Prayer, devotion, and community among the Samaritans

Not far from Nablus, in the west bank, we arrive at the small village of Kiryat Luza early in the morning during Succot (the Feast of the Tabernacles) and we join the early morning prayer of the Samaritans.

This small group are a small ethnoreligious group who date their ancestry to the Biblical tribes of Ephraim and Manasseh. Their roots are ancient, by some accounts beginning with the entry into Canaan, or by others beginning with the Babylonian exile. In any extent, this indigenous group broke off from mainstream Judaism during the time of the kingdom of Judah (between the ninth and the fourth century, BC).

Samaritans believe that theirs is the true religion of the Israelites, as mainstream Judiasm underwent changes during the Babylonian exile.

During morning prayers, sons, fathers, and grandfather commune and read an ancient text. The air of devotion is palatable in the synagogue.

The two Samaritan communities are very small, totaling about 800 people altogether. About 400 live in Kiryat Luza, and the rest live in the Israeli town of Holon. Despite being recognized as a religious entity, the religious monopoly in Israel (the Chief Rabbinate) requires that Samaritans undergo a conversion to Judaism in or to be considered as Jews. During the ceremony we witnessed we were amazed to see some visitors from the Ultra-Orthodox community as well as some discussions between the two groups.

Most Samaritans speak Hebrew, Arabic, Aramaic, or a mix and their prayers are in Samaritan Hebrew or Samaritan Aramaic, written in the Samaritan alphabet (which is related to ancient proto-Hebrew, and is undependable by Hebrew readers).

Following the indoor prayer session, all head out for the outdoor ceremony on the hillside of Mount Gerizim.

Abandoned

Seeing decrepit and abandoned buildings does something to my soul. It’s not every abandoned building, mind you, but some are interesting. It’s often the mix between old and new, deserted and party sites, graffiti and trash that move me. One such place is an old abandoned army base called Beit Zeit Camp. It is situated between the town of Beit Zeit and Ein Karem in the Jerusalem forest. Easy to get there, and beautiful.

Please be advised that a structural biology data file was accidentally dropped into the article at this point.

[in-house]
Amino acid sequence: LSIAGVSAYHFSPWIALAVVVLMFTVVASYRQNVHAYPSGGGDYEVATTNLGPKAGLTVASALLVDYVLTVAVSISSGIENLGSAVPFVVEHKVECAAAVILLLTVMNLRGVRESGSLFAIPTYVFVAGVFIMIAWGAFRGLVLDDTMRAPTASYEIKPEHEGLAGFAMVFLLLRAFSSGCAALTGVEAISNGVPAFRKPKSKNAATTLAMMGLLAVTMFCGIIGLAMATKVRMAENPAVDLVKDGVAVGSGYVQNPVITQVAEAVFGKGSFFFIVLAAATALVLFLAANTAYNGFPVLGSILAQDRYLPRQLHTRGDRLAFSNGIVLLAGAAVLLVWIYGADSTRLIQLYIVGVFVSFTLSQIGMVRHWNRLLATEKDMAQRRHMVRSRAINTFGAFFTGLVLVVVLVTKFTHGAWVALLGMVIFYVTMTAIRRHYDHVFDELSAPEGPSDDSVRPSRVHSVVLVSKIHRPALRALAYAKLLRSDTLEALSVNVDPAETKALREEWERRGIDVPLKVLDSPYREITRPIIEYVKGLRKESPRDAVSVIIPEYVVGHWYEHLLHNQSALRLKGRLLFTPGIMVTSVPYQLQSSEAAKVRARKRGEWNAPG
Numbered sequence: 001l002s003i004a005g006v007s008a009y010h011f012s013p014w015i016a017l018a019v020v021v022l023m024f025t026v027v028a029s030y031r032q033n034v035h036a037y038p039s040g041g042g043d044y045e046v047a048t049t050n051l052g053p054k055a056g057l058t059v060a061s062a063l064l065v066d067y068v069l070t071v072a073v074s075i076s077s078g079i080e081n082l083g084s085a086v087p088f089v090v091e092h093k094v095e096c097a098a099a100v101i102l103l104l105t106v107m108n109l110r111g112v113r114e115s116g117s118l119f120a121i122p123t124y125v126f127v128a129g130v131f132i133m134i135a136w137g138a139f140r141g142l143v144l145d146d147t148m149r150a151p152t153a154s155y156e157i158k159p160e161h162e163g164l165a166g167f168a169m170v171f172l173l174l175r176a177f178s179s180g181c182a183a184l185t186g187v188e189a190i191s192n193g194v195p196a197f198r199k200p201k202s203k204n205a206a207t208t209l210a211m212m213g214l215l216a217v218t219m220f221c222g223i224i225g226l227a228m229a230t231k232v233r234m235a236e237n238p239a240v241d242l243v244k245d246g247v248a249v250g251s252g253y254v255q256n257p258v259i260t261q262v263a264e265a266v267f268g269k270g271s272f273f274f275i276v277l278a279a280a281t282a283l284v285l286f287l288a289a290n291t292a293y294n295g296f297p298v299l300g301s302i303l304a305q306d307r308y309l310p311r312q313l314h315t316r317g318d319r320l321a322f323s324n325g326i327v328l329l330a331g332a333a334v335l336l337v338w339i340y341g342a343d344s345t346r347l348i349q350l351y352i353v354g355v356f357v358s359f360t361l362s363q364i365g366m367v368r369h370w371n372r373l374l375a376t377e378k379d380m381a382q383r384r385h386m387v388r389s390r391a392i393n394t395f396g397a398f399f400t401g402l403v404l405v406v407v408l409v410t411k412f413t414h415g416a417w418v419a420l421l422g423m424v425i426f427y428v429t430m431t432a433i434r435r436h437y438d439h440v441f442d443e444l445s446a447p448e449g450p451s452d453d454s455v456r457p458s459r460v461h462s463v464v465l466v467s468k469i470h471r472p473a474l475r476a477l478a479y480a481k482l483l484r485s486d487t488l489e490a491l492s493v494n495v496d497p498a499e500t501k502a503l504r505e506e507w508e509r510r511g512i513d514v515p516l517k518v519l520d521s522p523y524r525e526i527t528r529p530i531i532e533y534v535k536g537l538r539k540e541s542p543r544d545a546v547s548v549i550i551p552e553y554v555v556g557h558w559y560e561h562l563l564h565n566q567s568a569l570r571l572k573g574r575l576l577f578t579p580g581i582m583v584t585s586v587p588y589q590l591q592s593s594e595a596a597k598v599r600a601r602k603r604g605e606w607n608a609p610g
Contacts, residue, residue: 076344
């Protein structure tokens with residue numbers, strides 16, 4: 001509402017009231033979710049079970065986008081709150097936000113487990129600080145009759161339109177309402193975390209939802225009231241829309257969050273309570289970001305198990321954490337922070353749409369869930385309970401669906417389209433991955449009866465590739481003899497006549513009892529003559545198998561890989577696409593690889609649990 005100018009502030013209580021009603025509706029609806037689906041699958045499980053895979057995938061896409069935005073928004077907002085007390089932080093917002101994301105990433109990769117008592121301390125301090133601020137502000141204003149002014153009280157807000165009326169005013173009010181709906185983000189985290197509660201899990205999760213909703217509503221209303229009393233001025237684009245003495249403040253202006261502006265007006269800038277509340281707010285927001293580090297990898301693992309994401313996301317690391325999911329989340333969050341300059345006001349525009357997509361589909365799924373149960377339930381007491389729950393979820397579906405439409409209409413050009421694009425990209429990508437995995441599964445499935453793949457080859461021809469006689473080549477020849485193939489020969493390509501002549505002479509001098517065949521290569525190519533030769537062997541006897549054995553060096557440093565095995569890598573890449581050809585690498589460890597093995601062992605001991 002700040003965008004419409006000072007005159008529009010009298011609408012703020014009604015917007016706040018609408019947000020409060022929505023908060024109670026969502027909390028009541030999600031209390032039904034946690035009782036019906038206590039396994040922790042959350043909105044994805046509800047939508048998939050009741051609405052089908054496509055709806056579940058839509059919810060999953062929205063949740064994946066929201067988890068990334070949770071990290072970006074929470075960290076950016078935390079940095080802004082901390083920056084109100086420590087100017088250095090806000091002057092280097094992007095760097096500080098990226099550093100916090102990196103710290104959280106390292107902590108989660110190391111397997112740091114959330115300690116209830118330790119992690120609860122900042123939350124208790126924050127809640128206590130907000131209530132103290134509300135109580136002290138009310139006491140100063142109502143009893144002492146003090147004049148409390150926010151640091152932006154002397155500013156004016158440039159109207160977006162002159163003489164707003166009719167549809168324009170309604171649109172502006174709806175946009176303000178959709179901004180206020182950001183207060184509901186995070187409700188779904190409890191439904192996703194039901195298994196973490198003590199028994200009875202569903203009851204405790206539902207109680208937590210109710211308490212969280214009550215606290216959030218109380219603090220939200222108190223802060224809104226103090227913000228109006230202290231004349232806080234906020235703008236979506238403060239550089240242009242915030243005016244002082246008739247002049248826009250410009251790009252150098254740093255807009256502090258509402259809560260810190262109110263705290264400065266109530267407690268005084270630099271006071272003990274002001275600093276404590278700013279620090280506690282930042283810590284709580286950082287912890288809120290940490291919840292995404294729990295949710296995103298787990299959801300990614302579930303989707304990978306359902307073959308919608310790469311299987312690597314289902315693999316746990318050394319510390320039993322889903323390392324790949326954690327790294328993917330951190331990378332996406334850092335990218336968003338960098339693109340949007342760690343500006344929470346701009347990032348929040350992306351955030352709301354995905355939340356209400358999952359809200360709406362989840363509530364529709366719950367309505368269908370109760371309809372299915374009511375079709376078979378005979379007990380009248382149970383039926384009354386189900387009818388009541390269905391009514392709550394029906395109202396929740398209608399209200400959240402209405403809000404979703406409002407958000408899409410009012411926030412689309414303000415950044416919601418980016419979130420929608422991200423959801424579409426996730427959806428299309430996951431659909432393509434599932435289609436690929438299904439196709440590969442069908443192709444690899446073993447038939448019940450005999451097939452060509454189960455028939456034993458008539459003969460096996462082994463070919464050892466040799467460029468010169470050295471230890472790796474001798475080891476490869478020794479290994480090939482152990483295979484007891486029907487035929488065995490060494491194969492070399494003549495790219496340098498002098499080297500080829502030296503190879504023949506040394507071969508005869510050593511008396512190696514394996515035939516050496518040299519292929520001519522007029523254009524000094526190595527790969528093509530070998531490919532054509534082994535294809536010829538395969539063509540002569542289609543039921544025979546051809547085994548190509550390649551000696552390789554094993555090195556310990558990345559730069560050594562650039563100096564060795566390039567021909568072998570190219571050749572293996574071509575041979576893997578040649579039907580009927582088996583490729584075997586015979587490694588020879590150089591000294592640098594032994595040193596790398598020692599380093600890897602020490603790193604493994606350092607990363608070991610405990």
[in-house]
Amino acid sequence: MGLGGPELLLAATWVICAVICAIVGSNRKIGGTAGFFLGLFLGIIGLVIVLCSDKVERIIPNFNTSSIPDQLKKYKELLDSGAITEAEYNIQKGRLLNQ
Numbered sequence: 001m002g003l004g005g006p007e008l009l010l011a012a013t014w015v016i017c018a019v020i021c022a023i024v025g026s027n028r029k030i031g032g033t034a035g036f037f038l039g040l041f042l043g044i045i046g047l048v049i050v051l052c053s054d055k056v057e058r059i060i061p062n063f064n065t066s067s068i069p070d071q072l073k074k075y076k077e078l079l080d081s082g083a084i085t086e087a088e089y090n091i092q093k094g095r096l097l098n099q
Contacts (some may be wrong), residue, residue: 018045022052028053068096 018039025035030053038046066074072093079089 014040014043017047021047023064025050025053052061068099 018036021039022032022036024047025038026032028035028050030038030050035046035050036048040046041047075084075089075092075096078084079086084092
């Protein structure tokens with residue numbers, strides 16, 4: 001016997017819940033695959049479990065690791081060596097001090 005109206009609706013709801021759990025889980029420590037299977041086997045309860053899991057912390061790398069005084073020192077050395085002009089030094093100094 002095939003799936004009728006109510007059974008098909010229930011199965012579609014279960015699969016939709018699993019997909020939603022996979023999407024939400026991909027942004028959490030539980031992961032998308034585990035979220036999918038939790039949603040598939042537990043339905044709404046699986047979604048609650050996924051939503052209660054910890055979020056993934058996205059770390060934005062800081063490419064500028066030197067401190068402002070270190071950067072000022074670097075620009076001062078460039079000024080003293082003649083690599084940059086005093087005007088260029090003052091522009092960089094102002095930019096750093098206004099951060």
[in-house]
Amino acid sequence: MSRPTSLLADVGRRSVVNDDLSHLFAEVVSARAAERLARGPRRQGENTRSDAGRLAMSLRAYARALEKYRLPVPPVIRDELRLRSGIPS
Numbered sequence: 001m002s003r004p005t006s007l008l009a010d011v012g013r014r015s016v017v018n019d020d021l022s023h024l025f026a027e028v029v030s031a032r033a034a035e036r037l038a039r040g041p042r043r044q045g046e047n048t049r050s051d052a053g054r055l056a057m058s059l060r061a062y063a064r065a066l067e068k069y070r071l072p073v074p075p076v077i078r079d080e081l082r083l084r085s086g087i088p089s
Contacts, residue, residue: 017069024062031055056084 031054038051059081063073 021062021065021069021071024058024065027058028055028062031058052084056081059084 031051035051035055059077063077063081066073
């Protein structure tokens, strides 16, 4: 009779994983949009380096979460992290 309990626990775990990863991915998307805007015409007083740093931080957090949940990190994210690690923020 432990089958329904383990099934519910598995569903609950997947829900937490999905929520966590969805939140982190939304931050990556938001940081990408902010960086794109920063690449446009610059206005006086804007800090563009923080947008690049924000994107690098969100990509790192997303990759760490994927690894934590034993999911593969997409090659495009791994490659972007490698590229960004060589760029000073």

In the early 1950s this was an army base built as a huge emergency storage facility for the Jerusalem brigades in cases of a Jordanian incursion into Jerusalem or its environs. The equipment was all removed during the 1967 Six Day War. Later on the base became a general emergency storage facility and was used by the Logistic Brigade until it was finally abandoned around 2012.

24mm, 1/250, f 8

A mixture of half-destroyed buildings, trash, and graffiti.

As you take the winding road, you will pass many heaps of the buildings on your right. Keep going, after about 1km, you arrive at the area where the army did not demolish the building.

28mm, 1/250 @ f 11, HDR
70 mm, 1/200 @ 11, HDR
Even Frisbee enjoys the ruins
70 mm, 1/125 @ f 11, HDR

As one moves further down the road, the buildings are still standing. They are a mixture of decrepit and abandoned structures and hang-outs.

38mm, 1/8, f14, HDR

If you want to venture in and take a peek, these are very long buildings, built into the hillside, and are sort of bunkers. Inside, you will find a mixture of different things. You have some tables and sleeping areas, apparently inhabited by passers-by.

41mm, 1/50 @ f 14, HDR
For some of the buildings, the graffiti is beautiful and intense.
45mm, 0.6 sec @ f 14, HDR
If you want to venture in, you can see that people have recently been here. There are paper cups, matches, bottles, and some clothes scattered around.
53mm, 0.4 sec @ f 14, HDR
30mm, 1/10 @ f 14, HDR

These long, cavernous bunkers are filled with interesting art, and apparently some interesting installations.

28mm, 0.8 sec @ f 14

And for some reasons, heaps and heaps of bottles.

31 mm, 3.2 sec @ f 16

All of these structures fit organically into the beautiful landscape. It’s a mixture of beauty and filth, old and new, utilitarian and stoner-heaven. Definitely worth a visit.